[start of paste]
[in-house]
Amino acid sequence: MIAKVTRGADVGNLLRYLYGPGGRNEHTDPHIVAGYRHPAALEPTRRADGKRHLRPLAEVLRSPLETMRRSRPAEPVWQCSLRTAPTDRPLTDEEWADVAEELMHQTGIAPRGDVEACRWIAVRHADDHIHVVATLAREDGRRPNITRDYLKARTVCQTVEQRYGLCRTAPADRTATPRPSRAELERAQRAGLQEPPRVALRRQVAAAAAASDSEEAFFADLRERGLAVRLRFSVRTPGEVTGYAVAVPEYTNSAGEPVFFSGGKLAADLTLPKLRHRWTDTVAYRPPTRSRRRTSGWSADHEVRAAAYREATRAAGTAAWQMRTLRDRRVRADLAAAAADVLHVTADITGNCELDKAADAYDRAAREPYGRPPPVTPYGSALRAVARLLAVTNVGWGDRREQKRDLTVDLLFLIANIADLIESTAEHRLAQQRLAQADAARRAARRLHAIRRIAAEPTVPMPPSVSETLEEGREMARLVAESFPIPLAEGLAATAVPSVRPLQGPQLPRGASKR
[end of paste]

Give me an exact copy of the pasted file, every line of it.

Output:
[in-house]
Amino acid sequence: MIAKVTRGADVGNLLRYLYGPGGRNEHTDPHIVAGYRHPAALEPTRRADGKRHLRPLAEVLRSPLETMRRSRPAEPVWQCSLRTAPTDRPLTDEEWADVAEELMHQTGIAPRGDVEACRWIAVRHADDHIHVVATLAREDGRRPNITRDYLKARTVCQTVEQRYGLCRTAPADRTATPRPSRAELERAQRAGLQEPPRVALRRQVAAAAAASDSEEAFFADLRERGLAVRLRFSVRTPGEVTGYAVAVPEYTNSAGEPVFFSGGKLAADLTLPKLRHRWTDTVAYRPPTRSRRRTSGWSADHEVRAAAYREATRAAGTAAWQMRTLRDRRVRADLAAAAADVLHVTADITGNCELDKAADAYDRAAREPYGRPPPVTPYGSALRAVARLLAVTNVGWGDRREQKRDLTVDLLFLIANIADLIESTAEHRLAQQRLAQADAARRAARRLHAIRRIAAEPTVPMPPSVSETLEEGREMARLVAESFPIPLAEGLAATAVPSVRPLQGPQLPRGASKR